Avrum K. Rifman, a former Baltimore Municipal Court judge and police station magistrate, died yesterday at the age of 85. He had been hospitalized with pneumonia.
Services will be at 3 p.m. today at the Sol Levinson & Bros. funeral home, 6010 Reisterstown Road.
Noted as a philosopher who enjoyed spinning tales and quoting such diverse literary figures as Shakespeare, Milton and Mencken, Mr. Rifman retired at the mandatory age of 70 as a juvenile court master.
Born in Baltimore and a resident of Wabash Avenue for more than 40 years, Mr. Rifman was a 1922 City College graduate. He received his law degree with honors from the University of Maryland in 1926.
In the first administration of Mayor Theodore R. McKeldin, he was appointed as an assistant city solicitor in 1943 and was chief of the office's trial division from 1943 to 1945.
As governor in 1951, Mr. McKeldin gave Mr. Rifman to his first judiciary job with a two-year appointment as magistrate at the city's Southern District police station.
There, facing a constant flow of people in distress, he was apt to offer Shakespearean references or display his wit in dispensing justice -- often to the delight of reporters.
Presiding over the case of a Korean War veteran who returned to find his wife with a lover and new child, he directed a courtroom solution to the lovers triangle by telling the woman, "Fate lies in your hands, for you must make a choice." She chose her husband.
On occasion, he would even dispense a few dollars to help a down-and-out defendant -- such as the accountant from Gettysburg, Pa., charged with public drunkenness, telling a tale of personal misfortune and begging for a "decent break."
Mr. Rifman arranged for the probation department to help the man find work and gave him $5.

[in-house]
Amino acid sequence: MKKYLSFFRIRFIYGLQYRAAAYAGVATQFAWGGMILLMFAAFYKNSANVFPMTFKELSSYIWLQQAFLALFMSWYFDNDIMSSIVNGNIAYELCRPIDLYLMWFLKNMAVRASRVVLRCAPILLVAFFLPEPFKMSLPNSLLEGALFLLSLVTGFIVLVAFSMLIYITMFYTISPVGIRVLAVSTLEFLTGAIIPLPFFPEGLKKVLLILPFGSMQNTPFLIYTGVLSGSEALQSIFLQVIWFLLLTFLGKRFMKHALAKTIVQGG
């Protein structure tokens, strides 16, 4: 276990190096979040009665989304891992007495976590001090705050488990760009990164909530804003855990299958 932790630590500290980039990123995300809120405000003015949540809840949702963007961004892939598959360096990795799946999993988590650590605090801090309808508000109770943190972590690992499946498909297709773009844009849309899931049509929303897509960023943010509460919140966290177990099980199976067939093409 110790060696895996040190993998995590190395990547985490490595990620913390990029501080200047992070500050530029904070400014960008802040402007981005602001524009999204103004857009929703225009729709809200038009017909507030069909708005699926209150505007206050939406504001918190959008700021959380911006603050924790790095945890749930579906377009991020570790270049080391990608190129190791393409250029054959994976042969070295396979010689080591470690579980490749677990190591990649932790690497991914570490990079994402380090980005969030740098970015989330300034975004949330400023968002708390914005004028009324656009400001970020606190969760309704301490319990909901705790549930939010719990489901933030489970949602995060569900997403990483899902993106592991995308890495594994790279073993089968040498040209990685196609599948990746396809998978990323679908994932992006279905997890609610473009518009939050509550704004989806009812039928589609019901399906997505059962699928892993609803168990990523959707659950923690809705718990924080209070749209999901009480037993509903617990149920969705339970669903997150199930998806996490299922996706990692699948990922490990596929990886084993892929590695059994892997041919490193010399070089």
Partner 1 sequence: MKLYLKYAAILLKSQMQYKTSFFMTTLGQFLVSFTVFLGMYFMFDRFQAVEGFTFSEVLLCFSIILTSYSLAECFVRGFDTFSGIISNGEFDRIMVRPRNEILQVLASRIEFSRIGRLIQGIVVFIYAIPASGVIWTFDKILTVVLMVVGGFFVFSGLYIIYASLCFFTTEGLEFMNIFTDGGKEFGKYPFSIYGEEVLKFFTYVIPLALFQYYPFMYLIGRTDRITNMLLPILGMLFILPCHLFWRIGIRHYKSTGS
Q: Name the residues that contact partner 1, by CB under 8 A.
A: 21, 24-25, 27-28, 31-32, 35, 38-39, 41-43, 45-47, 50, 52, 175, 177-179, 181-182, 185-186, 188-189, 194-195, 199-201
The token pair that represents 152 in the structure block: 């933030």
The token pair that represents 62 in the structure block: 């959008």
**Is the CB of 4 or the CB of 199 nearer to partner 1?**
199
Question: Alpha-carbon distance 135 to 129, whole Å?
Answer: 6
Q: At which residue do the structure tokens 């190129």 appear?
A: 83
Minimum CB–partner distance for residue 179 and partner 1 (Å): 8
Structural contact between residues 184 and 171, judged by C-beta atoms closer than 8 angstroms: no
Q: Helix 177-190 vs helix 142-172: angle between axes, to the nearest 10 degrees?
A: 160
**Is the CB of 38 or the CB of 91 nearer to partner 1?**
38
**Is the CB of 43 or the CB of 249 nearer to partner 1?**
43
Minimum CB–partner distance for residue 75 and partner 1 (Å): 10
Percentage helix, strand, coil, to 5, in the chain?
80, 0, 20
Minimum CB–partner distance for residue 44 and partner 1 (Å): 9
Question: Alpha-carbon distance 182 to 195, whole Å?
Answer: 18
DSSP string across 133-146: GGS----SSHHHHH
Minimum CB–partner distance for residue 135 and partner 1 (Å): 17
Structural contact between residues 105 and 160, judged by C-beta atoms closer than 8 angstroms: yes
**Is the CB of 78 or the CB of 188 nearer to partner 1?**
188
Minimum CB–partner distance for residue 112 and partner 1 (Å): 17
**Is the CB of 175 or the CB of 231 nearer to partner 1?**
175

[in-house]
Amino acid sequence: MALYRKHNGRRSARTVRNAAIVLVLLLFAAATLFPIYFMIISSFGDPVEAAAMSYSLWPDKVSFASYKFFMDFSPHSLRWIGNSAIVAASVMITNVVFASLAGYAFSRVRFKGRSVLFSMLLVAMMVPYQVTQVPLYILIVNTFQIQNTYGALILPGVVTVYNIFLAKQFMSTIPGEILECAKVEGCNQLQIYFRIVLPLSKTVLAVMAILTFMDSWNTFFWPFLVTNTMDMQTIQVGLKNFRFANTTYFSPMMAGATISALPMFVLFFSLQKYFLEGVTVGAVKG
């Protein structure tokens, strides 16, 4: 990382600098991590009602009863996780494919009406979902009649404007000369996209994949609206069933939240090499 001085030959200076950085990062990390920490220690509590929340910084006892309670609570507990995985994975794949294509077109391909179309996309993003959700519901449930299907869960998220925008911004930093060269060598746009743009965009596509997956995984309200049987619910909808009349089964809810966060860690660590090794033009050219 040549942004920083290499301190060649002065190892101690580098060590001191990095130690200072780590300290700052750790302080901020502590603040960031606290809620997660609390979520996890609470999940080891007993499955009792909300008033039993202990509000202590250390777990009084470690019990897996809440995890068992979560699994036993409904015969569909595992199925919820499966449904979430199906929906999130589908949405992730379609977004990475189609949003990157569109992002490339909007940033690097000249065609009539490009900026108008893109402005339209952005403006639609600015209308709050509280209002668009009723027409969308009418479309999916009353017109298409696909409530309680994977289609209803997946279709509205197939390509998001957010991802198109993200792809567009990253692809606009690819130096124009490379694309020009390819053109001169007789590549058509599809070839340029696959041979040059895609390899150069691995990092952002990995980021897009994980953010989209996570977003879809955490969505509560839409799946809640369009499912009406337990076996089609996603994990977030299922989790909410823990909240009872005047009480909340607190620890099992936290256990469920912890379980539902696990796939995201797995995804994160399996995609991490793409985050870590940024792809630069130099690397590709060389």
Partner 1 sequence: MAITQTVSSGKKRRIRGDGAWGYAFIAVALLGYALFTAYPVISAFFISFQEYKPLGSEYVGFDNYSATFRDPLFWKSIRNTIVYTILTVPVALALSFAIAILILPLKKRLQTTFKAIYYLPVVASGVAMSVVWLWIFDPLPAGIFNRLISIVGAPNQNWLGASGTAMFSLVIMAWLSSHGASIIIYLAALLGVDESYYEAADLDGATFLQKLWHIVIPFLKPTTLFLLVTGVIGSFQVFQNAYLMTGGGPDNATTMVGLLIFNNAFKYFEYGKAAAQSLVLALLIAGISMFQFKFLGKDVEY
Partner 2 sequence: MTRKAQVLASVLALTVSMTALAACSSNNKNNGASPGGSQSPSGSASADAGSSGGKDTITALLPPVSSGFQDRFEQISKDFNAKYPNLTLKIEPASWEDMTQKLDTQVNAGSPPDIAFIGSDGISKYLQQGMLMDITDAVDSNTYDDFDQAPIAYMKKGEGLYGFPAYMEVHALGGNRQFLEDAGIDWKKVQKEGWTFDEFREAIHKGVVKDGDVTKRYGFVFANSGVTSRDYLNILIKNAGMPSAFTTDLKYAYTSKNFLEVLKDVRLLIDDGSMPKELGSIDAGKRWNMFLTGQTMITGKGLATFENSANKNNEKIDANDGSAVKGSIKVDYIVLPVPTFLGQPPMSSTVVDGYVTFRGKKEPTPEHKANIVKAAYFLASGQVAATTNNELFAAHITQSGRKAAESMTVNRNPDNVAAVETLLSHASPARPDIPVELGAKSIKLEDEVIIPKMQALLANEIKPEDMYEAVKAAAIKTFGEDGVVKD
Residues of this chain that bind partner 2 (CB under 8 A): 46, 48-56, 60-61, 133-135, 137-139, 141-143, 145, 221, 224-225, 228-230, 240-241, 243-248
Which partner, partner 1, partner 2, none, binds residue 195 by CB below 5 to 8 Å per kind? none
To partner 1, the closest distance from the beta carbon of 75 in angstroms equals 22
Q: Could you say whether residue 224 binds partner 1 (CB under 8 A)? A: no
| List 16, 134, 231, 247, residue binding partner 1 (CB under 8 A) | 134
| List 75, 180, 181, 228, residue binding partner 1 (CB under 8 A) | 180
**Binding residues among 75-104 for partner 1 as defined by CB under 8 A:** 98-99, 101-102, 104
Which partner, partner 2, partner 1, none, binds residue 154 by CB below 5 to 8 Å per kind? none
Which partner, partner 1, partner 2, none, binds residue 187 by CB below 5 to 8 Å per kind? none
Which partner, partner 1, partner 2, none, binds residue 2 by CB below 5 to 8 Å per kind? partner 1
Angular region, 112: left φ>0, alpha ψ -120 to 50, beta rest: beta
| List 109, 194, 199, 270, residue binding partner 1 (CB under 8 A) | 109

"I can't believe it; it's a miracle," the man said." Magistrate Rifman replied, "Miracles happen every day."
In 1968, Mr. Rifman was appointed by Gov. Spiro T. Agnew to the old Municipal Court. He was bumped from the bench, however, in an unsuccessful bid for a full 10-year term in the 1970 elections.
But within months, Mr. Rifman was called back to assist the city court system as a master hearing juvenile cases. A federal court decision forced Baltimore to treat 16- and 17-year-old criminal defendants as juveniles, adding thousands of cases a year to the Juvenile Court docket.
When Mr. Rifman stepped down in 1975, at the mandatory retirement age of 70, he issued a farewell letter to his superiors, a 10-page statement criticizing the Juvenile Court system as "cumbersome, unwieldy, costly and inefficient," and calling for reforms that would give greater power to court masters.
Mr. Rifman also served through much of the 1970s as a member of the city Jail Board, to which he was appointed by then-Mayor William Donald Schaefer.
Off the bench, he remained outspoken about problems he perceived in the criminal justice system, criticizing a "lack of concern" for witnesses in criminal cases who were forced to make repeated trips to court because of frequent trial postponements.
He suggested legislation providing for monetary compensation for the witnesses and permitted the use of tape-recorded testimony to eliminate the need for repeated court appearances.
"A prompt trial," he said, "is the highest vindication of public justice. This applies equally to those justly accused or unjustly accused."
He is survived by his wife of 56 years, the former Ruth Pell; two sons, Dr. Samuel S. Rifman of Manhattan Beach, Calif., and Melvin S. Rifman of Baltimore; a sister, Ray Stern of Columbia; and two grandchildren.